Knowledge is a key theme in Colossians (2:3), which indicates that the “deception” (2:8) in Colossae claimed to have special knowledge, but in the kingdom of His beloved Son we receive truth (1:5-6), knowledge, spiritual wisdom, and understanding (1:9-10)
1:9 For this reason also,
since the day we heard of it,
we have not ceased to pray for you
and to ask that you may be filled
with the knowledge of His will
in all spiritual wisdom and understanding,
1:10 so that you will walk in a manner worthy of the Lord,
to please Him in all respects,
bearing fruit in every good work
and increasing in the knowledge of God;
1:11 strengthened with all power,
according to His glorious might,
for the attaining of all steadfastness and patience; joyously
1:12 giving thanks to the Father,
who has qualified us to share
in the inheritance of the saints in Light.
1:13 For He rescued us from the domain of darkness,
and transferred us to the kingdom of His beloved Son,
1:14 in whom we have redemption,
the forgiveness of sins.
Pray (Col 1:9)
Paul believed in the power of prayer (Col 1:3, 9). Through prayer, he was in constant contact with God (Col 1:9). “The effective prayer of a righteous man can accomplish much” (James 5:16).
“His” refers to the Father (Col 1:9, 11, 14)
Verse 9 refers to “knowledge of His will”, while verse 1 refers to “the will of God”, who is described as “God, the Father of our Lord Jesus Christ” (Col 1:3). “His” in 1:9, therefore, refers to the Father.
Col 1:11 refers to “His glorious might”. This refers back to “God” in Col 1:10, who is defined as “the Father” (Col 1:3).
Col 1:13 refers to “His beloved Son”.
These verses, therefore, continue the focus of Col 1:2 and 3 on the Father. In the minds of some Christians today the Father does not loom large. They tend to think more of Christ, but these verses inform us, as already indicated by 1:2-3, that the Father is the Active Force that “has qualified us to share in the inheritance of the saints” (Col 1:12). The kingdom belongs to “His beloved Son” (Col 1:13), but it is the Father that “rescued us from the domain of darkness”. Let us, therefore, honor the Father.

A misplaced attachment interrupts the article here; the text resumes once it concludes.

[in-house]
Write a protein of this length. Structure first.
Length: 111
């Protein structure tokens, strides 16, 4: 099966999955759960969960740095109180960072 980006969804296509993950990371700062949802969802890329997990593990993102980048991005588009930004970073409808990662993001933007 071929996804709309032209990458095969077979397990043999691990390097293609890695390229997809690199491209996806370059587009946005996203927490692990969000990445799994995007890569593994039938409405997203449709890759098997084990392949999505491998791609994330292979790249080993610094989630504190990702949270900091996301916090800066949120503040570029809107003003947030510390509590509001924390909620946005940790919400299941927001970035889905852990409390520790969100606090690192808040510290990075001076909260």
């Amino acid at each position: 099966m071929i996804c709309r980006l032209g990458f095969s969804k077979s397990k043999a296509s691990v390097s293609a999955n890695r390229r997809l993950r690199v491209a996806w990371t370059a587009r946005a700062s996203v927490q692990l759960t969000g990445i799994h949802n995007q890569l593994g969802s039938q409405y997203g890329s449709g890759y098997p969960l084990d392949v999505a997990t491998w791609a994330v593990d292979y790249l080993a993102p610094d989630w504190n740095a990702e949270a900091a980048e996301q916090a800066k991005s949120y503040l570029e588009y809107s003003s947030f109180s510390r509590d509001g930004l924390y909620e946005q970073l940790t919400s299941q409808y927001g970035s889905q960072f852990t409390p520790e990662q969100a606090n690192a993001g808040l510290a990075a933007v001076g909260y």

Rescued (Col 1:13)
Verses 13 and 14 describe the work of redemption using many different phrases:
“Rescued us from the domain of darkness” (1:13);
“Transferred us to the kingdom of His beloved Son” (1:13);
“Redemption” (1:14); and
“Forgiveness of sins” (1:14).
In whom we have redemption (Col 1:14)
Although it is “the Father” that rescues us (1:13), it is Christ “in whom we have redemption, the forgiveness of sins” (1:14). It is the Father that “qualified us to share in the inheritance of the saints” (Col 1:12), and Christ is the Means by which he does that. The word “in” implies a mysterious unity between Christ and believers. This mysterious unity is also described by the metaphor of Christ as the “head of the body, the church” (Col 1:18). We receive forgiveness of sins from the Father when we become united with His Son.
Knowledge of His will (Col 1:9)
These verses continue to emphasize the importance of truth, in contrast to the error that threatened the church in Colossae. Paul prays for the Colossians for “knowledge of His will in all spiritual wisdom and understanding” (Col 1:9) and “knowledge of God” (Col 1:10). “Knowledge” is a key theme in the letter to the Colossians. According to Col 2:3, in Christ “are hidden all the treasures of wisdom and knowledge“. It is important to note that Paul “say this so that no one will delude you” (Col 2:4). The interpretation in this commentary is based on the assumption that the points that Paul emphasizes, compared to his other letters, are indications of the nature of the “deception” (Col 2:8) in Colossae. It is therefore concluded that the deception in Colossae claimed that it has special knowledge.
Light … darkness
Note the contrast between the “kingdom of light” (NIV Col 1:12) and the “domain of darkness” (Col 1:13). Light allows us to see; to understand. Particularly, as explained by the current verses, to understand “knowledge of His will in all spiritual wisdom and understanding” (1:9).
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